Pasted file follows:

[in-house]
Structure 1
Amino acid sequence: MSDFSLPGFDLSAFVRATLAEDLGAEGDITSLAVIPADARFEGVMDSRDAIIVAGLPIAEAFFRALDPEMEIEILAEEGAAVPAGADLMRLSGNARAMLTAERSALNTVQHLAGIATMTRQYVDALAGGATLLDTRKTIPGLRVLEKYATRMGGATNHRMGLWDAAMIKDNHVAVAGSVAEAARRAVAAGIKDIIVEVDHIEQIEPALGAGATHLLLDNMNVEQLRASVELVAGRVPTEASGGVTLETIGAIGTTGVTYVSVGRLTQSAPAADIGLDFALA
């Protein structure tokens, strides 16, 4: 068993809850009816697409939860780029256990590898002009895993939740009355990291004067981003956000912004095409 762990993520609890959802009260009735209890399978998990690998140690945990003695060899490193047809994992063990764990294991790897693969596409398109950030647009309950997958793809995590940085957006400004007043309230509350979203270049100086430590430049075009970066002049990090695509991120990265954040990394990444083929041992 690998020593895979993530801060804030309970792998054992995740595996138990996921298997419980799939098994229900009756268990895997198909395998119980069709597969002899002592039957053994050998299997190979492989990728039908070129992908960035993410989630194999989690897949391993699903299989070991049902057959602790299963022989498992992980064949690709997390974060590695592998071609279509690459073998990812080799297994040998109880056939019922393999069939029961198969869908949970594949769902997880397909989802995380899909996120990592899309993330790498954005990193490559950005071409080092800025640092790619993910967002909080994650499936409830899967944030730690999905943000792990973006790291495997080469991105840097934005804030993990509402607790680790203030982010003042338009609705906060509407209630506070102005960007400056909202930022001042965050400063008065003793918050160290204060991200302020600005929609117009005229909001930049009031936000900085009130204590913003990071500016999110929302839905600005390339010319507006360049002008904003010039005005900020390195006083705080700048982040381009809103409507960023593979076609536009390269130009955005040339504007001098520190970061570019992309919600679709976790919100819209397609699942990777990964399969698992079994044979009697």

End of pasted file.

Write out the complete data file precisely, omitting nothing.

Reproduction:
[in-house]
Structure 1
Amino acid sequence: MSDFSLPGFDLSAFVRATLAEDLGAEGDITSLAVIPADARFEGVMDSRDAIIVAGLPIAEAFFRALDPEMEIEILAEEGAAVPAGADLMRLSGNARAMLTAERSALNTVQHLAGIATMTRQYVDALAGGATLLDTRKTIPGLRVLEKYATRMGGATNHRMGLWDAAMIKDNHVAVAGSVAEAARRAVAAGIKDIIVEVDHIEQIEPALGAGATHLLLDNMNVEQLRASVELVAGRVPTEASGGVTLETIGAIGTTGVTYVSVGRLTQSAPAADIGLDFALA
């Protein structure tokens, strides 16, 4: 068993809850009816697409939860780029256990590898002009895993939740009355990291004067981003956000912004095409 762990993520609890959802009260009735209890399978998990690998140690945990003695060899490193047809994992063990764990294991790897693969596409398109950030647009309950997958793809995590940085957006400004007043309230509350979203270049100086430590430049075009970066002049990090695509991120990265954040990394990444083929041992 690998020593895979993530801060804030309970792998054992995740595996138990996921298997419980799939098994229900009756268990895997198909395998119980069709597969002899002592039957053994050998299997190979492989990728039908070129992908960035993410989630194999989690897949391993699903299989070991049902057959602790299963022989498992992980064949690709997390974060590695592998071609279509690459073998990812080799297994040998109880056939019922393999069939029961198969869908949970594949769902997880397909989802995380899909996120990592899309993330790498954005990193490559950005071409080092800025640092790619993910967002909080994650499936409830899967944030730690999905943000792990973006790291495997080469991105840097934005804030993990509402607790680790203030982010003042338009609705906060509407209630506070102005960007400056909202930022001042965050400063008065003793918050160290204060991200302020600005929609117009005229909001930049009031936000900085009130204590913003990071500016999110929302839905600005390339010319507006360049002008904003010039005005900020390195006083705080700048982040381009809103409507960023593979076609536009390269130009955005040339504007001098520190970061570019992309919600679709976790919100819209397609699942990777990964399969698992079994044979009697």